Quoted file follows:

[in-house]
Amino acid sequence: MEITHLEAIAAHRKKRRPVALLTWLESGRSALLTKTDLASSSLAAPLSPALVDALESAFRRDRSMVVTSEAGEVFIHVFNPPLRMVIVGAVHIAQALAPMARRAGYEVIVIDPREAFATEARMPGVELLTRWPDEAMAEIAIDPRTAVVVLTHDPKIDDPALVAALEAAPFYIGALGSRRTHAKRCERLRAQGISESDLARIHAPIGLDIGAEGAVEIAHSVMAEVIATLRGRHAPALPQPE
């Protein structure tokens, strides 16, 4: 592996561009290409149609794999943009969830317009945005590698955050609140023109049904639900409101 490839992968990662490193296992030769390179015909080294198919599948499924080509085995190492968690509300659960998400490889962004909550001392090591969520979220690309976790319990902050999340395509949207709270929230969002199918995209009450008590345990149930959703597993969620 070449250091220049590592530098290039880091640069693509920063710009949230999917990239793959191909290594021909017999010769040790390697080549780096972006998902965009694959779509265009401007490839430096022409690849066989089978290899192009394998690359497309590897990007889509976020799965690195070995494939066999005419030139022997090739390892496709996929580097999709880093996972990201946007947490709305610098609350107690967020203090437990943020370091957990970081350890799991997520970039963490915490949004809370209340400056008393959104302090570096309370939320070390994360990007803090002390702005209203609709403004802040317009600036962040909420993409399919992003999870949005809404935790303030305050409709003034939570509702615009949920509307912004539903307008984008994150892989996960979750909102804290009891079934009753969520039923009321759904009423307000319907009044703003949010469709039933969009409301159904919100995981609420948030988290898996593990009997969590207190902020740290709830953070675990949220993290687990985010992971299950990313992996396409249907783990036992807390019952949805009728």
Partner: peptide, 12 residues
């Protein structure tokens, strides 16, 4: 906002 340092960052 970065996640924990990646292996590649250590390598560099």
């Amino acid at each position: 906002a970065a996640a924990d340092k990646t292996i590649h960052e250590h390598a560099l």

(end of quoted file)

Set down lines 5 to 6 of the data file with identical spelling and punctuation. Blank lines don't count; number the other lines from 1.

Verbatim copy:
């Protein structure tokens, strides 16, 4: 906002 340092960052 970065996640924990990646292996590649250590390598560099």
């Amino acid at each position: 906002a970065a996640a924990d340092k990646t292996i590649h960052e250590h390598a560099l």